A clearer view of entrepreneurship, based on new comprehensive data, that upends what we know about job creation and survival among US startups.
Startups create jobs and power economic growth. That’s an article of faith in the United States—but, as The Promise and Peril of Entrepreneurship reveals, our faith may be built on shaky ground. Economists Robert Fairlie, Zachary Kroff, Javier Miranda, and Nikolas Zolas—working with Census Bureau microdata—have developed a new data set, the Comprehensive Startup Panel, that tracks job creation and the survival of every startup in the country. In doing so, they recalibrate our understanding of how startups behave in the US economy. Specifically, their work seeks to answer three critical questions: How many jobs does each entrepreneur create? Do those jobs disappear quickly? And how long do entrepreneurial enterprises survive?
Job creation and survival rates are, the authors conclude, much lower than those reported by official federal sources. Such discrepancies emerge from the more comprehensive picture drawn from this new data set—a picture that, for instance, highlights the important but understudied differences between employer firms (startups that hire people) and nonemployer firms (startups that do not initially hire people but may do so in later years as they grow). This reframing captures the vast number of businesses that start with no employees, a number largely missing from the statistics underpinning the mythos of the riskiness of entrepreneurship. The book also explores who owns startups—focusing on differences by race and ethnicity.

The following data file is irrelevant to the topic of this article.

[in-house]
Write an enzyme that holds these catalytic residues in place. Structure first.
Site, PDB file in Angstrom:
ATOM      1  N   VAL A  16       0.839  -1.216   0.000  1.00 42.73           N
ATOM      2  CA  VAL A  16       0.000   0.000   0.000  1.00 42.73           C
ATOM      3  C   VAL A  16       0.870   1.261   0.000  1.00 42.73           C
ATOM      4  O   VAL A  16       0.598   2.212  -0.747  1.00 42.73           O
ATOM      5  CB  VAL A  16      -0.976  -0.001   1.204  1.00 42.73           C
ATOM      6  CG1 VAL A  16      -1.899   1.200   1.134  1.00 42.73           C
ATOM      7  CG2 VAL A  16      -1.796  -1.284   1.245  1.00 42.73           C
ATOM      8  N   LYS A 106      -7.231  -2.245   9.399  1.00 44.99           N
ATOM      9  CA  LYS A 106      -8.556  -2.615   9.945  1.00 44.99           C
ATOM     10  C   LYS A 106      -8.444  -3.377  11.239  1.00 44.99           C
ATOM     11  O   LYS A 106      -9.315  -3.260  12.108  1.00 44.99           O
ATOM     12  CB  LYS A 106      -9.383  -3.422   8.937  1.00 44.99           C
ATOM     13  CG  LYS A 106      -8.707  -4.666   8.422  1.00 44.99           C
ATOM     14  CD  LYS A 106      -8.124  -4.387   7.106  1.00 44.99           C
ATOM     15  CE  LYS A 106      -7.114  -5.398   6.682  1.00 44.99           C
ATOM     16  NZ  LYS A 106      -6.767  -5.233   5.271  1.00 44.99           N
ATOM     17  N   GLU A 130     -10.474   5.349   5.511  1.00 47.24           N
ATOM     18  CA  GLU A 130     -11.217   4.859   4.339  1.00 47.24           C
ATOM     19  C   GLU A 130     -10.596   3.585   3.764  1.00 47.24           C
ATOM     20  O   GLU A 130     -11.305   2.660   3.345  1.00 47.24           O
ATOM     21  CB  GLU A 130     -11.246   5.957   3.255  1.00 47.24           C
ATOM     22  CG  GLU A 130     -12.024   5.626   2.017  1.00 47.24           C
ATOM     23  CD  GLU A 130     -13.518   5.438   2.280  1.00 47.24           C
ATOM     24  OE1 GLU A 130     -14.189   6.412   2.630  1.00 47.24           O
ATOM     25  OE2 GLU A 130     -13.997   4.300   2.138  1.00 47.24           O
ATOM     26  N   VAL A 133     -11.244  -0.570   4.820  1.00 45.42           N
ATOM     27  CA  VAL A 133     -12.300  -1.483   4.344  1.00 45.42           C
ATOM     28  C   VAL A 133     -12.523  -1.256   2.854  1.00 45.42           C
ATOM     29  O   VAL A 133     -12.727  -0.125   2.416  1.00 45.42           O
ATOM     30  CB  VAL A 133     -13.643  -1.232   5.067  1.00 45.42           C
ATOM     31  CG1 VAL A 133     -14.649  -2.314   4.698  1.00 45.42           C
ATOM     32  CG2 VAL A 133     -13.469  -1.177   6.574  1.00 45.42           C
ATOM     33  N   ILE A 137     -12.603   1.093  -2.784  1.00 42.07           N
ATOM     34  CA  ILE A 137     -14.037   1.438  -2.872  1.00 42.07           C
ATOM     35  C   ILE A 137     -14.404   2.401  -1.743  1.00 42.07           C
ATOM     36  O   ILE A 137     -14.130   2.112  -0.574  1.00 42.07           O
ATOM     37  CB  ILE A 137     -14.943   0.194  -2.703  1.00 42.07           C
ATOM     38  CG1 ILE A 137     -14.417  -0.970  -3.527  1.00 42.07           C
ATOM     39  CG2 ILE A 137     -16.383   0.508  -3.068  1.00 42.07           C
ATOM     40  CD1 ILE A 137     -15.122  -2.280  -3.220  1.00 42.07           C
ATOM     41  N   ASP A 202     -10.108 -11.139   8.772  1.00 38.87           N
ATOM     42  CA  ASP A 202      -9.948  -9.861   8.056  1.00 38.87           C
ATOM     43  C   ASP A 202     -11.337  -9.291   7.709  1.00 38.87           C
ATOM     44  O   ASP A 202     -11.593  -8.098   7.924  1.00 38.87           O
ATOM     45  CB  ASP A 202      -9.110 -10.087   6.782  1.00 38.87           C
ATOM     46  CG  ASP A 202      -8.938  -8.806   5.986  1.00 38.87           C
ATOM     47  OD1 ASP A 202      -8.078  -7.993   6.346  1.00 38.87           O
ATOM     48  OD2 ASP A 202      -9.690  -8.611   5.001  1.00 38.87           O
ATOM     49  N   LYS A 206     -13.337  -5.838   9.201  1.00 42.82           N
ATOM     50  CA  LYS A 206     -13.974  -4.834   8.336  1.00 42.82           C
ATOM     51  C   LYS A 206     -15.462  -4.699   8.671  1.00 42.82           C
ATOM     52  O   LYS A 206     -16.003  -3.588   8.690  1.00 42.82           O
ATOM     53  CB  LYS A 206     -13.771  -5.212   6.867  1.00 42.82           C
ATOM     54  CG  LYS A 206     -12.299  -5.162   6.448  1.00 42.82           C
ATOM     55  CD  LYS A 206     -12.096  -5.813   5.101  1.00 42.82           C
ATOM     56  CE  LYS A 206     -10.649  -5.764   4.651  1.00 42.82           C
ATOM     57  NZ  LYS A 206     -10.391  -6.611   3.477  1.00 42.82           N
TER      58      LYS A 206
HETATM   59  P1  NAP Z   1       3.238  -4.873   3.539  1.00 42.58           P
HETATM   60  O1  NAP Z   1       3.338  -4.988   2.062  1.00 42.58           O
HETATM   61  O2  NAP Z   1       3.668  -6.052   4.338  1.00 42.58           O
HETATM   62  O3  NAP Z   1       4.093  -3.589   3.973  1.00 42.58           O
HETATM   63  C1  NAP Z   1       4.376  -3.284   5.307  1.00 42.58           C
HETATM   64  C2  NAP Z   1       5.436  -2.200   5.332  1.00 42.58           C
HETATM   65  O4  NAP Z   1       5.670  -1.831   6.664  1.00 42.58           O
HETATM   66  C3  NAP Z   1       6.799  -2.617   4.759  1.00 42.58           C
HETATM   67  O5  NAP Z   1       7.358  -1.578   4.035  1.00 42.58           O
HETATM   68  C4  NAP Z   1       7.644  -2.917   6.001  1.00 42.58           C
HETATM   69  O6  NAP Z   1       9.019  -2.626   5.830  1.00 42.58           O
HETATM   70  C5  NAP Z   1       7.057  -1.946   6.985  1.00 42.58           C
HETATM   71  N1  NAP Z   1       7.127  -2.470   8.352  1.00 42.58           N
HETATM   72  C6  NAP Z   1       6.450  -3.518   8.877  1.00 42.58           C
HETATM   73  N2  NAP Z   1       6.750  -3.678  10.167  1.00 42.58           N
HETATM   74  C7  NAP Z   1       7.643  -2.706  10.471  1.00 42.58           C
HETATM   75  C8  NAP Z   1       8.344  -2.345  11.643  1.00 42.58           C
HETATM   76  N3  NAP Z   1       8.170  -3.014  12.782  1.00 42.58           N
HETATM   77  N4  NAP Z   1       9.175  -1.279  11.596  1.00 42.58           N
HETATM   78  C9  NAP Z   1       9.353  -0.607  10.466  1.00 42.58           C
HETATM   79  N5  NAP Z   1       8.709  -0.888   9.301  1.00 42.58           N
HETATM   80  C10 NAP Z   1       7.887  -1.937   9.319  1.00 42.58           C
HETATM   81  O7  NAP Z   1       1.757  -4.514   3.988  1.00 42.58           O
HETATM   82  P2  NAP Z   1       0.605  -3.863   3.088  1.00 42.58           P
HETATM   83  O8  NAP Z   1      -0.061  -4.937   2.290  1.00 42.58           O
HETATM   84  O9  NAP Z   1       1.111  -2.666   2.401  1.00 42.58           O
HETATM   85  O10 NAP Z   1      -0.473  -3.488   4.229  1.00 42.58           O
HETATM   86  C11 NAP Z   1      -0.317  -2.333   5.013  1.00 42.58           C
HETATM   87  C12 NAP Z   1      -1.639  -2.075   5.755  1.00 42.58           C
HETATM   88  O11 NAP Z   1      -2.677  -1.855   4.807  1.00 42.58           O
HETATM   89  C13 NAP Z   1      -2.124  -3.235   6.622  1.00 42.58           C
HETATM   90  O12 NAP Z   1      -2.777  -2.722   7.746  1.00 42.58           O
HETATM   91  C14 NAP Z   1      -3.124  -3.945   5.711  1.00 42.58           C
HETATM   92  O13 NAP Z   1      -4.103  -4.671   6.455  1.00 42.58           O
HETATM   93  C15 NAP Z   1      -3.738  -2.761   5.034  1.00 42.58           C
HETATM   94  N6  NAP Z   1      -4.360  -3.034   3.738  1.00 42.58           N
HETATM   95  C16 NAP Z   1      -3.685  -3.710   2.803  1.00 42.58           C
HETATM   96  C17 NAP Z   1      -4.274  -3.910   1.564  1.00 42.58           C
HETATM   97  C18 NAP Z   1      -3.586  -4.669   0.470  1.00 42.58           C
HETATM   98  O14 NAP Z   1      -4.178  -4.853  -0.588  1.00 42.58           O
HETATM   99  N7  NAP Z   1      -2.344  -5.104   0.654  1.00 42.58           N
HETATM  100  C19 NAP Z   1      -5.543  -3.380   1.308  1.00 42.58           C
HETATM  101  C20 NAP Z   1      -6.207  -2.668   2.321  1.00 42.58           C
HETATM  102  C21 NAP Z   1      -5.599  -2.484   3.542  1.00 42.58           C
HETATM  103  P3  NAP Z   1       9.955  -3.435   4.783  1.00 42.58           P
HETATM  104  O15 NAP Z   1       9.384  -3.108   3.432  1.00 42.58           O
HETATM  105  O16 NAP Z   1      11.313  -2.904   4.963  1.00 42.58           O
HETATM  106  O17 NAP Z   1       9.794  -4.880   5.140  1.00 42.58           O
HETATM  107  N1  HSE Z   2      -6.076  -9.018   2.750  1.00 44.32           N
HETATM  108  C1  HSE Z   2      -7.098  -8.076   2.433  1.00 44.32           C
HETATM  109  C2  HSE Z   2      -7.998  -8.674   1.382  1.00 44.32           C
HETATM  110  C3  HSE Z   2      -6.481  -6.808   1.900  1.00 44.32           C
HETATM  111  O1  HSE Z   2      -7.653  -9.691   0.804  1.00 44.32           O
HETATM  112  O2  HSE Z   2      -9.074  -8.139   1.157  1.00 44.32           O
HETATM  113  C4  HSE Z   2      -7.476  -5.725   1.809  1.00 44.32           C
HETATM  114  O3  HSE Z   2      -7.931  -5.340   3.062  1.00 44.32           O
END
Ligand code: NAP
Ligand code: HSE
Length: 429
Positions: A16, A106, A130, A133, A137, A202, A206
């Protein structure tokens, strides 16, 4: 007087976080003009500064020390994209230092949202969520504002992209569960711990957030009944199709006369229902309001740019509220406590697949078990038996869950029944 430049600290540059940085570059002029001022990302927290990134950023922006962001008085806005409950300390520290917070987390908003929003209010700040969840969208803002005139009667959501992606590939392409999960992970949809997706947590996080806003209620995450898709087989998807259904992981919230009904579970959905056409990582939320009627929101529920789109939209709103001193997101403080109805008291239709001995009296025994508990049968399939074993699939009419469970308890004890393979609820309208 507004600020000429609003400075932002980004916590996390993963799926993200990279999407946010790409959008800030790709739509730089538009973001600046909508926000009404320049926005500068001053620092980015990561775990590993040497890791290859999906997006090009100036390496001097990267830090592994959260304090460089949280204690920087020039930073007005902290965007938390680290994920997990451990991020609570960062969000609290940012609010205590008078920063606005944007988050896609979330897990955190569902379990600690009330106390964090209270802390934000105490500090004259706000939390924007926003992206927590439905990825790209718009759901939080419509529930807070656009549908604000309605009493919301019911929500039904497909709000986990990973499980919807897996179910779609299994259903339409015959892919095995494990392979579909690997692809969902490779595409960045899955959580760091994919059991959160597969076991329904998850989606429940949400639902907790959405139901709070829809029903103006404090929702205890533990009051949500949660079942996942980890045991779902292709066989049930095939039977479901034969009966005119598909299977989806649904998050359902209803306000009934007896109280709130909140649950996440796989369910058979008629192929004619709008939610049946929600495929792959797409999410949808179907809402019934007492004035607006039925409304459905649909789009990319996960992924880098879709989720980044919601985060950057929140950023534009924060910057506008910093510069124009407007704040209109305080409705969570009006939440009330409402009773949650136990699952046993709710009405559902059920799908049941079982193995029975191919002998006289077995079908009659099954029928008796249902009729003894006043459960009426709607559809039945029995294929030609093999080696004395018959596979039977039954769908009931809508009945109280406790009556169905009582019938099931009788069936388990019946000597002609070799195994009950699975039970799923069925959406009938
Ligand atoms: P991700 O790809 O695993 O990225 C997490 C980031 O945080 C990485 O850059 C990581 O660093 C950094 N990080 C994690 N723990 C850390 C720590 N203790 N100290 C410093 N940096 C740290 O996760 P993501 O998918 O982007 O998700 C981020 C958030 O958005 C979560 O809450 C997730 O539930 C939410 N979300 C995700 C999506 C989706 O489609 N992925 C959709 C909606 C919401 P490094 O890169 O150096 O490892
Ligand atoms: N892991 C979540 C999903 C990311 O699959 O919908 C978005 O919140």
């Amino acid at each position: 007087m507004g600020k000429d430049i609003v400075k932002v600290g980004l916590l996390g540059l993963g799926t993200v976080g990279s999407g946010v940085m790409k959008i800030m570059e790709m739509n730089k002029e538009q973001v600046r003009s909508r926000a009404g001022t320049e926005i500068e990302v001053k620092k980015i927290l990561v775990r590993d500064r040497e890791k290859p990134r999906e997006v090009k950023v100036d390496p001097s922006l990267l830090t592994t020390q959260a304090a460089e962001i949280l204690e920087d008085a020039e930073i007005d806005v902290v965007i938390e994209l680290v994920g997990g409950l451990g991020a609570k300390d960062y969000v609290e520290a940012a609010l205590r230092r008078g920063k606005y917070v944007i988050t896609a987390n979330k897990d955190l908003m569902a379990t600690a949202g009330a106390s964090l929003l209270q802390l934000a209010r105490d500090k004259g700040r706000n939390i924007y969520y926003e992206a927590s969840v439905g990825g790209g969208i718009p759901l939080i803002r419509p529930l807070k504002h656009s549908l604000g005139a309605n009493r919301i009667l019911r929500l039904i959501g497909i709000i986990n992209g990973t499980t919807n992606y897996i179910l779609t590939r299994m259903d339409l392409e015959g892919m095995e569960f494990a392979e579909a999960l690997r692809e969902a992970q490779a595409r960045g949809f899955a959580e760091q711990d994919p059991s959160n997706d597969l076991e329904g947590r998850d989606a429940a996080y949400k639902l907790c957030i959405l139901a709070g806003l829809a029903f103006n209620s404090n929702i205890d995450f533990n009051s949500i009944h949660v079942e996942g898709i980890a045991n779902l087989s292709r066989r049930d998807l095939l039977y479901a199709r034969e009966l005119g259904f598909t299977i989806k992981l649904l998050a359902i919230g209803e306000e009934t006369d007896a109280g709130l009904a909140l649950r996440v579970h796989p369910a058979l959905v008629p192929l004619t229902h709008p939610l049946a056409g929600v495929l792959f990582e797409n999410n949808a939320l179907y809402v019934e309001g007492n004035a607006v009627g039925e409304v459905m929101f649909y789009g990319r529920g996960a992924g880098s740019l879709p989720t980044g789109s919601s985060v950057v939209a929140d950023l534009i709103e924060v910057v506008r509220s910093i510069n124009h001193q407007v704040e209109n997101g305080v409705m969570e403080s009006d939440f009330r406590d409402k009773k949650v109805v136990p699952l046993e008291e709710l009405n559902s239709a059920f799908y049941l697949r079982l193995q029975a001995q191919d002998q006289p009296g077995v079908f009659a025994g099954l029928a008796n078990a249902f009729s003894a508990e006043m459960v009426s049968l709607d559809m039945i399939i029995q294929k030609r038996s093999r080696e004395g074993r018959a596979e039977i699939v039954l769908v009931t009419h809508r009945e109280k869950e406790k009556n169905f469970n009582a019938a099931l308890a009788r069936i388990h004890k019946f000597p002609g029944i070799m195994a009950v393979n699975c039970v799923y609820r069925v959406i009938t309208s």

With its new, wider view of the realities of job creation and survival among startups, The Promise and Peril of Entrepreneurship has significant implications for economic policymaking and research, and for the billions of dollars that the government and the private sector invest in promoting entrepreneurship.
About the Author
Robert Fairlie is Professor of Economics at the University of California, Santa Cruz, and Research Associate, National Bureau of Economic Research.
Zachary Kroff is an economist with the Center for Economic Studies at the US Census Bureau.
Javier Miranda is Deputy Head of the Department of Structural Change and Productivity at the Halle Institute for Economic Research in Germany. He is also Associate Professor in Microeconomics, Productivity Research, at Friedrich Schiller University Jena.
Nikolas Zolas is Senior Economist with the Center for Economic Studies at the US Census Bureau.